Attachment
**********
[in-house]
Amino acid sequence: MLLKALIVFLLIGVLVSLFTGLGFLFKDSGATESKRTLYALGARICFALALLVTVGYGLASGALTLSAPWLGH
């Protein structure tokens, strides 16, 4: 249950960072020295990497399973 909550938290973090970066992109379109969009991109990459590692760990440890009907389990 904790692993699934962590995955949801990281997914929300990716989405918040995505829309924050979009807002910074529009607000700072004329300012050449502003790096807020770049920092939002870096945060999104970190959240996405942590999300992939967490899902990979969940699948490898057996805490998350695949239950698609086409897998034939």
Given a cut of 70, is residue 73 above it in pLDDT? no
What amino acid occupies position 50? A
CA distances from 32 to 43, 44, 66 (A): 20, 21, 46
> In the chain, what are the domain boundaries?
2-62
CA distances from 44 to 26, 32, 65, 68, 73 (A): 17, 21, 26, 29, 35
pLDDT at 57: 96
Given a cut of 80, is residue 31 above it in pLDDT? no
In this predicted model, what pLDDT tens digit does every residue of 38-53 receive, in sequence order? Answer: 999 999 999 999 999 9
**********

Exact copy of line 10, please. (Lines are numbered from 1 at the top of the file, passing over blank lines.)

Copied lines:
pLDDT at 57: 96